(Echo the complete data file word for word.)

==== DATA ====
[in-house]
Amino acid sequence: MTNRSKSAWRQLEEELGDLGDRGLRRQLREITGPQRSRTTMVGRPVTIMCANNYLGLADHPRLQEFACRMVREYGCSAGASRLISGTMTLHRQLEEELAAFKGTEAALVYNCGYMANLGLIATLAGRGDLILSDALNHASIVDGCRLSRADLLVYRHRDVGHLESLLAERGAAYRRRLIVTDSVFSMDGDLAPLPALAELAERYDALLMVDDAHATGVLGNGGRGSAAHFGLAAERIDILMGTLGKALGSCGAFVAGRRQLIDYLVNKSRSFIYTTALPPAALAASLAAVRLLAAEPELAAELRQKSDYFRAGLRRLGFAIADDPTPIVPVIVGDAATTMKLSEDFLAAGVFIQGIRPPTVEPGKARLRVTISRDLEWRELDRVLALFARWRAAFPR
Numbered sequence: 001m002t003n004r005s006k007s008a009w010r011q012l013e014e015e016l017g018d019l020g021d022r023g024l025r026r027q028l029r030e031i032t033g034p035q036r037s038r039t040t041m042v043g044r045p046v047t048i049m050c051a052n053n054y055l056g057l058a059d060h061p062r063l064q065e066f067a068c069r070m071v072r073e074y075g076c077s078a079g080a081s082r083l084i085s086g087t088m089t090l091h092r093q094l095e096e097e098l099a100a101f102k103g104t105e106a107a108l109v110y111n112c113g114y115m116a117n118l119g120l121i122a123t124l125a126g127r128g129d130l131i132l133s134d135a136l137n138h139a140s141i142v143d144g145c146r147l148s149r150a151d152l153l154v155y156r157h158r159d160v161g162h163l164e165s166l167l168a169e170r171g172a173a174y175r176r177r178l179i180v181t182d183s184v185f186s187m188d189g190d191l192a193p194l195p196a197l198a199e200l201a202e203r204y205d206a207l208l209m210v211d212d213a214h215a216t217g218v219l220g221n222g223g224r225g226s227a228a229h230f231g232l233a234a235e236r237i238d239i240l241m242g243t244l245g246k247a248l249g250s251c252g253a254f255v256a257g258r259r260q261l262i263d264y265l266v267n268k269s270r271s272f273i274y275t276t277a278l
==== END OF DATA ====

[in-house]
Amino acid sequence: MTNRSKSAWRQLEEELGDLGDRGLRRQLREITGPQRSRTTMVGRPVTIMCANNYLGLADHPRLQEFACRMVREYGCSAGASRLISGTMTLHRQLEEELAAFKGTEAALVYNCGYMANLGLIATLAGRGDLILSDALNHASIVDGCRLSRADLLVYRHRDVGHLESLLAERGAAYRRRLIVTDSVFSMDGDLAPLPALAELAERYDALLMVDDAHATGVLGNGGRGSAAHFGLAAERIDILMGTLGKALGSCGAFVAGRRQLIDYLVNKSRSFIYTTALPPAALAASLAAVRLLAAEPELAAELRQKSDYFRAGLRRLGFAIADDPTPIVPVIVGDAATTMKLSEDFLAAGVFIQGIRPPTVEPGKARLRVTISRDLEWRELDRVLALFARWRAAFPR
Numbered sequence: 001m002t003n004r005s006k007s008a009w010r011q012l013e014e015e016l017g018d019l020g021d022r023g024l025r026r027q028l029r030e031i032t033g034p035q036r037s038r039t040t041m042v043g044r045p046v047t048i049m050c051a052n053n054y055l056g057l058a059d060h061p062r063l064q065e066f067a068c069r070m071v072r073e074y075g076c077s078a079g080a081s082r083l084i085s086g087t088m089t090l091h092r093q094l095e096e097e098l099a100a101f102k103g104t105e106a107a108l109v110y111n112c113g114y115m116a117n118l119g120l121i122a123t124l125a126g127r128g129d130l131i132l133s134d135a136l137n138h139a140s141i142v143d144g145c146r147l148s149r150a151d152l153l154v155y156r157h158r159d160v161g162h163l164e165s166l167l168a169e170r171g172a173a174y175r176r177r178l179i180v181t182d183s184v185f186s187m188d189g190d191l192a193p194l195p196a197l198a199e200l201a202e203r204y205d206a207l208l209m210v211d212d213a214h215a216t217g218v219l220g221n222g223g224r225g226s227a228a229h230f231g232l233a234a235e236r237i238d239i240l241m242g243t244l245g246k247a248l249g250s251c252g253a254f255v256a257g258r259r260q261l262i263d264y265l266v267n268k269s270r271s272f273i274y275t276t277a278l